Of course, inthose antediluvian times, he had to do it all himself. Auerbach was his ownG.M. He never had a scout, never an assistant coach. Perhaps that's why heliked to acquire players at the end of their careers who would be rejuvenatedin Celtics green. He grasped, in a basketball context, what Ben Franklinsupposedly said about why a man should court older women: "They aregrateful as hell."
On matters of raceAuerbach was the NBA's preeminent progressive. In 1950 he drafted the league'sfirst black player, Charles Cooper. When he brought in forward Willie Naulls in1963, after a seven-year career spent mostly with the woebegone New YorkKnicks, the Celtics became, without fanfare, the first professional franchiseto regularly play and then to start five African-Americans. And, mostmemorably, when Auerbach gave up coaching, he appointed Russell to succeed him,making Russell the first black coach in a major sport. To call Auerbach theNBA's version of Branch Rickey, the white man who brought Jackie Robinson intoorganized baseball, is fair enough.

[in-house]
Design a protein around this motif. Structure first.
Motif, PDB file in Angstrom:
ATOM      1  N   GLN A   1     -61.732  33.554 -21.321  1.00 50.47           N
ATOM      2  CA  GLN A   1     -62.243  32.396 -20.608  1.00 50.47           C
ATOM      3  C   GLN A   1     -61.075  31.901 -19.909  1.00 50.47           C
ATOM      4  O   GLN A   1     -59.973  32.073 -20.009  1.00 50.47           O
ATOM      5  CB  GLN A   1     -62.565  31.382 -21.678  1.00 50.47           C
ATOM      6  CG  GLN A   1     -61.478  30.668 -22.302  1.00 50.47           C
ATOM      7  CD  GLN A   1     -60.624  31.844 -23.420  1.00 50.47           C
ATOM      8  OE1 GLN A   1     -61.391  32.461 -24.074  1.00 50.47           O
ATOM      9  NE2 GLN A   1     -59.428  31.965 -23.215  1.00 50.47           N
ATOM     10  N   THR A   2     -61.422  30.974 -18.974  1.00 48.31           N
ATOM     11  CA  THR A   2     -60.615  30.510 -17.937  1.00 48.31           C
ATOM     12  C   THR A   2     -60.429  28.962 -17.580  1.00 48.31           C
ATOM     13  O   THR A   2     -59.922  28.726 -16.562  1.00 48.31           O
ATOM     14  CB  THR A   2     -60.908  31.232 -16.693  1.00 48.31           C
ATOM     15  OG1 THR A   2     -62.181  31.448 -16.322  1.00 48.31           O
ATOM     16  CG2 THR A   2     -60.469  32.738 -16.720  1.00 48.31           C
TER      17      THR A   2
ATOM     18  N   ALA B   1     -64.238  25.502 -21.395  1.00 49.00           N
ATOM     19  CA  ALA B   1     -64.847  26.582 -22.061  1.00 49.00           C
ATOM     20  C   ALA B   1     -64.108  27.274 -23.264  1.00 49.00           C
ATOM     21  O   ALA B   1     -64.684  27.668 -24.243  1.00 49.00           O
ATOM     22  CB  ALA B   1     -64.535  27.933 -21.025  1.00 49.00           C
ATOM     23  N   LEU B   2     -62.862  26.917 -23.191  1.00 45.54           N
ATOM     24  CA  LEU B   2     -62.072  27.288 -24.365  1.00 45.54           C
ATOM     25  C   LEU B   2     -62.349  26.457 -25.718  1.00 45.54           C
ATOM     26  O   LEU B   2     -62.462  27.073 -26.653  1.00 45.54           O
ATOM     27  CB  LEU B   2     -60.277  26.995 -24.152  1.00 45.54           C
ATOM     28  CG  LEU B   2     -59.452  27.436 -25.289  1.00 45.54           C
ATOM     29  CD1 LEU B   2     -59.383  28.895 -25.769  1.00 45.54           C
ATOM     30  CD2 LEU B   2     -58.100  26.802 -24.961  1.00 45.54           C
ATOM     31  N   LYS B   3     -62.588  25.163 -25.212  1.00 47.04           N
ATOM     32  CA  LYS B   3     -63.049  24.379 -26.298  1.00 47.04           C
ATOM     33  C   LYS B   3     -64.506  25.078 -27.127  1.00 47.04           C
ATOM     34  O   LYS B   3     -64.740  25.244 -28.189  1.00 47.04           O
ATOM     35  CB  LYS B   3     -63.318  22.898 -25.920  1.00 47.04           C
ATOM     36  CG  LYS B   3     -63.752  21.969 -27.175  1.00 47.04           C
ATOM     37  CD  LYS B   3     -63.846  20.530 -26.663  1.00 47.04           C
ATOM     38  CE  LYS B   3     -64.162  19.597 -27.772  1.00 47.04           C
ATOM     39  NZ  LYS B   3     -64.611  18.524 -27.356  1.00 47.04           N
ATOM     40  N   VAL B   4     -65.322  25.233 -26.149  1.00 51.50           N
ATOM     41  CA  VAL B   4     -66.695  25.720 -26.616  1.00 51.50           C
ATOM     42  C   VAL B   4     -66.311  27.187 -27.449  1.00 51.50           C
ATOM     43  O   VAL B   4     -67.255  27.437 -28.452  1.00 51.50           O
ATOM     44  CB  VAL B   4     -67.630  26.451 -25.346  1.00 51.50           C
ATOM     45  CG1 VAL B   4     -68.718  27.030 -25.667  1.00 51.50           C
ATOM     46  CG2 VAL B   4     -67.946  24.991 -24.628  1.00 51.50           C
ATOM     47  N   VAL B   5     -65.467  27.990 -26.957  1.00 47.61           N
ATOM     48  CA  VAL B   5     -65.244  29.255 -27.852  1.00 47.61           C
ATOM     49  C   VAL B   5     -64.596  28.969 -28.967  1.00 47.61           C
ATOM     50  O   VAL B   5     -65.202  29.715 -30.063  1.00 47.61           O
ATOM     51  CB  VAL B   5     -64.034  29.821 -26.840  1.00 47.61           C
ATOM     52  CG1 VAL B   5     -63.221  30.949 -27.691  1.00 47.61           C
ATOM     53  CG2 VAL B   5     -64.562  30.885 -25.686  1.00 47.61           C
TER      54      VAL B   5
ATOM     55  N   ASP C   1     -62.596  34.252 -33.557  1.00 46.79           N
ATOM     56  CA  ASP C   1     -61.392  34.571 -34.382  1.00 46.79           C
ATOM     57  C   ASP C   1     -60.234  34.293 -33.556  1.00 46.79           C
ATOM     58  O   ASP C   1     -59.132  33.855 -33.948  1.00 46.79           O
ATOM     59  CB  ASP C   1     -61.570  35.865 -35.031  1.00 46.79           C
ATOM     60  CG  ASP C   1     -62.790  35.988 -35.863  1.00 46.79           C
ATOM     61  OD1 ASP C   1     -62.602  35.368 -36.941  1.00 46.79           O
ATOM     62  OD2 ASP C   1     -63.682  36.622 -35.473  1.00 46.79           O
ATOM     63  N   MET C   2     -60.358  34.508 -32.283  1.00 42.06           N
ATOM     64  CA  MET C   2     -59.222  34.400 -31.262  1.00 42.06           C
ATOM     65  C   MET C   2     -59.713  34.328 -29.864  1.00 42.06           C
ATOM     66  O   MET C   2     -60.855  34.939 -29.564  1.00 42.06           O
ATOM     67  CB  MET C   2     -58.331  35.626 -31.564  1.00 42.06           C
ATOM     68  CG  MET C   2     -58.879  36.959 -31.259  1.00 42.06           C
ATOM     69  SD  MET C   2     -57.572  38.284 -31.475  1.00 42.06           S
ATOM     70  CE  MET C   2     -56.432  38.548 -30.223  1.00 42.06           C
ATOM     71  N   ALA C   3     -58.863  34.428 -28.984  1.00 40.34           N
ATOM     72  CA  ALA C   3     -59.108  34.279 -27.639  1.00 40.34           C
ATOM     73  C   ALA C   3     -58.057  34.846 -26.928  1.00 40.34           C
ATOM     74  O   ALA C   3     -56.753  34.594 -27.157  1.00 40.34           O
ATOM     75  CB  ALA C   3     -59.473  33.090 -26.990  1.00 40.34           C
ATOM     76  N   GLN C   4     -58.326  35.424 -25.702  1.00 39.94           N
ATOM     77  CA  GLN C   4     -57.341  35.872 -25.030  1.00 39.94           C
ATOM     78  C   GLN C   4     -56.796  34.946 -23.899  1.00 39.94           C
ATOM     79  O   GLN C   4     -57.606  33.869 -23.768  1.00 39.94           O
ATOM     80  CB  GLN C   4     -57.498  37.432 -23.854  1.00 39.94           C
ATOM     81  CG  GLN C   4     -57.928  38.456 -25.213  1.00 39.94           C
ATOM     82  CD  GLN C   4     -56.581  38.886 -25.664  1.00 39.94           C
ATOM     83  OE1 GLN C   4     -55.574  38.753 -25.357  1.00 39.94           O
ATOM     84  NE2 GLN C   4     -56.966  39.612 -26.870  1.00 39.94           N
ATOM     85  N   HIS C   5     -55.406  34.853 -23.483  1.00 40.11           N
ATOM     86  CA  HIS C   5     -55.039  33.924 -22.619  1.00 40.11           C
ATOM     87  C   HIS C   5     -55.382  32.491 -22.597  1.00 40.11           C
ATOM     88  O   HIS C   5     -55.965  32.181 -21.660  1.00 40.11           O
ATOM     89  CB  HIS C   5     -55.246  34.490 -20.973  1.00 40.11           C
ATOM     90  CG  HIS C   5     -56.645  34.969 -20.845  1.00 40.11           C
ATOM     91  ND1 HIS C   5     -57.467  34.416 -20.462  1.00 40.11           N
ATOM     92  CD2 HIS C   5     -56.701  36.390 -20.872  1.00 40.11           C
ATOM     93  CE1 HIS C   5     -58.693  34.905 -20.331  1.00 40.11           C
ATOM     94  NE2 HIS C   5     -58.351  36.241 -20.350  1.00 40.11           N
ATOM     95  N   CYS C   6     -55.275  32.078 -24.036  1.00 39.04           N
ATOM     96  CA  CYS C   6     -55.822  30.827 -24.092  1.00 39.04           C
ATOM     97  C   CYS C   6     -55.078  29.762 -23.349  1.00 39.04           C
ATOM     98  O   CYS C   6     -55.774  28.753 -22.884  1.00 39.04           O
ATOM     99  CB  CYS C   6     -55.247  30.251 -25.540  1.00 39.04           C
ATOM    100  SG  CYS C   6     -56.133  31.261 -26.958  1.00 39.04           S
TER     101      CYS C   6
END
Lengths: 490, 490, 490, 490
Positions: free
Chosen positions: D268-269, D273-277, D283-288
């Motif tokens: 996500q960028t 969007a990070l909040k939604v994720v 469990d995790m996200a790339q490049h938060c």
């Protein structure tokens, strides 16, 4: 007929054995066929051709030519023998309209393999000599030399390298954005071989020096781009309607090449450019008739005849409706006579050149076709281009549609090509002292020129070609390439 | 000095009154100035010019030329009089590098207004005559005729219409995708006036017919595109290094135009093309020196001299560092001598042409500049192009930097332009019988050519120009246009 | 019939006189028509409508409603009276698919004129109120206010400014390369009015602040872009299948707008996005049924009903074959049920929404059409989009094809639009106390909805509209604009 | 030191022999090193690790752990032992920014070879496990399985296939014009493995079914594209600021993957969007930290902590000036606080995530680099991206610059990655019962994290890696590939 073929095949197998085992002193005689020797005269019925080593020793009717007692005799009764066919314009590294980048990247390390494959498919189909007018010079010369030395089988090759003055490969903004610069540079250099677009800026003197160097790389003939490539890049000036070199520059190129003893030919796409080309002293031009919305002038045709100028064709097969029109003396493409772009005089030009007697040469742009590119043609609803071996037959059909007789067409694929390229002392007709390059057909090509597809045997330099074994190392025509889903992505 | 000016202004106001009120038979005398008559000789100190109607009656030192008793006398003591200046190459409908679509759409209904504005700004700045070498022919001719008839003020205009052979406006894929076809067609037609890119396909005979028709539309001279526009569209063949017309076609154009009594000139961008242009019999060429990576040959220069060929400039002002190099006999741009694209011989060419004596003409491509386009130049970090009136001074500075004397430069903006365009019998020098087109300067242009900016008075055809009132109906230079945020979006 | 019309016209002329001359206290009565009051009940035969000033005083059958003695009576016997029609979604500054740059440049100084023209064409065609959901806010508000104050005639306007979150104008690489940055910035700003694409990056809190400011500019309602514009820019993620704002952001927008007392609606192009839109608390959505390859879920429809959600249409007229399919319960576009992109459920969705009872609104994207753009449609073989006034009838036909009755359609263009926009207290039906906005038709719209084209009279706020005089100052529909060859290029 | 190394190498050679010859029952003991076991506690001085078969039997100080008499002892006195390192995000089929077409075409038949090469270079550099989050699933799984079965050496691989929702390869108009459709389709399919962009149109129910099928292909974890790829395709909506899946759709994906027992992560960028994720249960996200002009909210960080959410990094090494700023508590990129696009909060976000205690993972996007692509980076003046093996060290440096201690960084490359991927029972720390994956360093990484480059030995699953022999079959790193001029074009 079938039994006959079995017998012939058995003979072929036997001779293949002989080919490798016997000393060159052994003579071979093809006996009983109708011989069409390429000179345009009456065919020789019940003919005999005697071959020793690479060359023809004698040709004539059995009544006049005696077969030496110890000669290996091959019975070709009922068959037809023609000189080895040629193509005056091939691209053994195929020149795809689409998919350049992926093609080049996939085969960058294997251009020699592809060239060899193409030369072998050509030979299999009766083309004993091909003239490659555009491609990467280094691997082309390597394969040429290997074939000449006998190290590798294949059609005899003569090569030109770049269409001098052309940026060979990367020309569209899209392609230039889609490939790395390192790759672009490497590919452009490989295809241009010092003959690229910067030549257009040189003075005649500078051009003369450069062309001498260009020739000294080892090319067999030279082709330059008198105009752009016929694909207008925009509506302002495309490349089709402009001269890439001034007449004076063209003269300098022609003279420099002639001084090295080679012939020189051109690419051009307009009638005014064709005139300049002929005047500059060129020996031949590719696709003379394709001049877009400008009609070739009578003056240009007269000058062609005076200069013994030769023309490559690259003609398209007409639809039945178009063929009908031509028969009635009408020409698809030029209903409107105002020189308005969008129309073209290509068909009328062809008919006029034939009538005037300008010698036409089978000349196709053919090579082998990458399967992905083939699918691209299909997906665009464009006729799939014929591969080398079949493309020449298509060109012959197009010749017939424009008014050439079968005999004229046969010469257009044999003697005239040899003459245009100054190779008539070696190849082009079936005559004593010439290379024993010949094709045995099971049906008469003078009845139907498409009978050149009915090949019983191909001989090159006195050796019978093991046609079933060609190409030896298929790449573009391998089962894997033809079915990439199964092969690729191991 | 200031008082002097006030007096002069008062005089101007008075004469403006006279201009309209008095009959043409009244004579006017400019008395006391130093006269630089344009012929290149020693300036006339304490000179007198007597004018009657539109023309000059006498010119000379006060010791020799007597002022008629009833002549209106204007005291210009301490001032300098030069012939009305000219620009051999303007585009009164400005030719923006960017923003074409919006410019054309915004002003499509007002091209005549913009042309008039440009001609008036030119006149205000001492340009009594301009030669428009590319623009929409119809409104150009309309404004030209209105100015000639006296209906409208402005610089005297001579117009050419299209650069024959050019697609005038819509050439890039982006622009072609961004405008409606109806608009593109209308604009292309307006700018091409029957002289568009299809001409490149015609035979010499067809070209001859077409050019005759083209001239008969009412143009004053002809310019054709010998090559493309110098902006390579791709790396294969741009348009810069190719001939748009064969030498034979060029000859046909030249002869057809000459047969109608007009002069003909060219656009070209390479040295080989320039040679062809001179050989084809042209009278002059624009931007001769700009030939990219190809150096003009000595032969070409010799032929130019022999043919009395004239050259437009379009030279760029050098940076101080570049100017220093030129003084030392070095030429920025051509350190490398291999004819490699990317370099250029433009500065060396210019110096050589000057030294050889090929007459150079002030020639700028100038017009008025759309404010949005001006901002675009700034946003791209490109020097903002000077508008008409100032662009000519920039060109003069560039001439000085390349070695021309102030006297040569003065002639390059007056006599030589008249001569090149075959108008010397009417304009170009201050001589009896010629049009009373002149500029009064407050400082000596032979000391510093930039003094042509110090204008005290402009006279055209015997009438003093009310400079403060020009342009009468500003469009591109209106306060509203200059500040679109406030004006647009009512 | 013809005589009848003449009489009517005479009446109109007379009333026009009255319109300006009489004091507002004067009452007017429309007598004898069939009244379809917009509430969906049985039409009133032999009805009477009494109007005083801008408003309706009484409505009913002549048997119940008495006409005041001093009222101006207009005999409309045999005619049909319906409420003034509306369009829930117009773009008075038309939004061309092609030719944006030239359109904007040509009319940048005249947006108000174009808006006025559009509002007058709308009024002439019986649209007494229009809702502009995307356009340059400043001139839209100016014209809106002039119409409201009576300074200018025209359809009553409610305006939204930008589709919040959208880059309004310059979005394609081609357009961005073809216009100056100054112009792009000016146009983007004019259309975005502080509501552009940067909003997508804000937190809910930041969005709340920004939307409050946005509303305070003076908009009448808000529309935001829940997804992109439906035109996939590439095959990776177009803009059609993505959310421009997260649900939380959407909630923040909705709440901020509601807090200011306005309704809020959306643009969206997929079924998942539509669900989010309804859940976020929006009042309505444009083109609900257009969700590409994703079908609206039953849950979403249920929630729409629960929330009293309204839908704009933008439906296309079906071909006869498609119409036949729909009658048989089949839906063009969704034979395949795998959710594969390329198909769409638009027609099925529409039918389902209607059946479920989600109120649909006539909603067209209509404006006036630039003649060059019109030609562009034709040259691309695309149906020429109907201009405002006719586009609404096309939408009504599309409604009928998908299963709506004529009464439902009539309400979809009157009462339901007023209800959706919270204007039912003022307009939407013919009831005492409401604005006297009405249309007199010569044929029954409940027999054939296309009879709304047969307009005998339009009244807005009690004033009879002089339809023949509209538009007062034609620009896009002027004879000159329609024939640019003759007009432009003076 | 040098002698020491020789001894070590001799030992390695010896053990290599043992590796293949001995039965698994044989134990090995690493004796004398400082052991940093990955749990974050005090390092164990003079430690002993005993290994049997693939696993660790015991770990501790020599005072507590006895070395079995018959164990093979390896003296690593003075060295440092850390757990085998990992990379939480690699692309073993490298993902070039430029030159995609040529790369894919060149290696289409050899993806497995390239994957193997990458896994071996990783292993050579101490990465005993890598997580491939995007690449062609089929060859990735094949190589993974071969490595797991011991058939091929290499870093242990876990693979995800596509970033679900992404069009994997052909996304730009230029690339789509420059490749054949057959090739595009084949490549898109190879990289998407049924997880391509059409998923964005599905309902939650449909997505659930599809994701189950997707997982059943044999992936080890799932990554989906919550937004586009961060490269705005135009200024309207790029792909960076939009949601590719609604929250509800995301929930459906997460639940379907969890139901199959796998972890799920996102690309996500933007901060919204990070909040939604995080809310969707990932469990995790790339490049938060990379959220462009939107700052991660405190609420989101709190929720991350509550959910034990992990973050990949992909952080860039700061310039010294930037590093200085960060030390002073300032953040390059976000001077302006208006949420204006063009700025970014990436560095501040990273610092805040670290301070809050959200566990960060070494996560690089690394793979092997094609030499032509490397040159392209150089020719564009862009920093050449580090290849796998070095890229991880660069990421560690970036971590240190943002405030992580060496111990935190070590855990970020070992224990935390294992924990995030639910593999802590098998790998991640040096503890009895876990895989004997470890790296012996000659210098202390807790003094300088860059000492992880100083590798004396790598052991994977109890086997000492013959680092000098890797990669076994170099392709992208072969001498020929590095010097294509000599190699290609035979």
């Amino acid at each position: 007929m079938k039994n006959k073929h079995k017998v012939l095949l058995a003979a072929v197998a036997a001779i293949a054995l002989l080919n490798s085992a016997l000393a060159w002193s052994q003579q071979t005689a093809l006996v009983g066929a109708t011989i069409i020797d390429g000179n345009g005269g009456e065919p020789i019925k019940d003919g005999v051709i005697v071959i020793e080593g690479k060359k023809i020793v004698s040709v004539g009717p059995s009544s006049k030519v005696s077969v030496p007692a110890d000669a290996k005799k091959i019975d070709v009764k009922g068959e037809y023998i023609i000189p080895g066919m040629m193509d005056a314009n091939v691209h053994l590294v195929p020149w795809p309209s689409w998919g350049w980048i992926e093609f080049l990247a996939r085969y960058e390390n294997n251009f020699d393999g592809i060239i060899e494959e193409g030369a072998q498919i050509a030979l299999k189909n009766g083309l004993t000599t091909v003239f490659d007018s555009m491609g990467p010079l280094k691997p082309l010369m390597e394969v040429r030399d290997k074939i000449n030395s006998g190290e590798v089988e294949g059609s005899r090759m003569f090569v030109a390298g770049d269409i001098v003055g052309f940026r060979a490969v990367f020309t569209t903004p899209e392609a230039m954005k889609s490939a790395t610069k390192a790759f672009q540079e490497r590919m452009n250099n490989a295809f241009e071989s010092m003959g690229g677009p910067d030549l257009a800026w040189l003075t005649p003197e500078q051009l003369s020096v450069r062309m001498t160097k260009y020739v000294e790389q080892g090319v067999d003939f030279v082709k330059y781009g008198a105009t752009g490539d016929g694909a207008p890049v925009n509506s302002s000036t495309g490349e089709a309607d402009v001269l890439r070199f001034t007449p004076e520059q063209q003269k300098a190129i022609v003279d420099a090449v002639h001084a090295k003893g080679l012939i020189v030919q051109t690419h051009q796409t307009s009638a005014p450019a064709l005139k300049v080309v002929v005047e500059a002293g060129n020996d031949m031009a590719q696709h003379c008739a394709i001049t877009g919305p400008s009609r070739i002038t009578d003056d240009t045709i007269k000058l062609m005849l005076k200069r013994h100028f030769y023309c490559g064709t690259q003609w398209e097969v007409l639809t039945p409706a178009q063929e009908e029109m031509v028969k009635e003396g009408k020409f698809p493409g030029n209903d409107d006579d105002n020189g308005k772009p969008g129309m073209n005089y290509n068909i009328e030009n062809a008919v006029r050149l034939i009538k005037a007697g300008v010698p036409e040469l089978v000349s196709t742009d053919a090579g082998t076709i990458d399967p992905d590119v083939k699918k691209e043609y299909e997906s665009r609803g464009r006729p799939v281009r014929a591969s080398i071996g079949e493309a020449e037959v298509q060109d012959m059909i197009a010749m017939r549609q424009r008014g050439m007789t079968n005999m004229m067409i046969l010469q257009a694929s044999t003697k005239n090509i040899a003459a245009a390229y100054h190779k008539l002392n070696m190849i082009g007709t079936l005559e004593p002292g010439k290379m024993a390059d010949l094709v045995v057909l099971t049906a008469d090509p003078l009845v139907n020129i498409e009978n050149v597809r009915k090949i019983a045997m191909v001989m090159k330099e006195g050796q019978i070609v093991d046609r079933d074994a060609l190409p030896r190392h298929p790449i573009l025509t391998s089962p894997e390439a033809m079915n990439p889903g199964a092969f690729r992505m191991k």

If such exercisesin brotherhood did not always sit well with the citizens of Boston, whopreferred the hapless white Bruins to the stylish black Celtics, Auerbach neverwavered in his intent to field the best team he could. Famously, he deploredstatistics and paid his players on the basis of his own subjective standard:what he thought they had contributed to the team effort. As a coach, he made ita point never to fraternize with the players or their wives, but he remainedclose to his former players even as they grew into their Social Securityyears.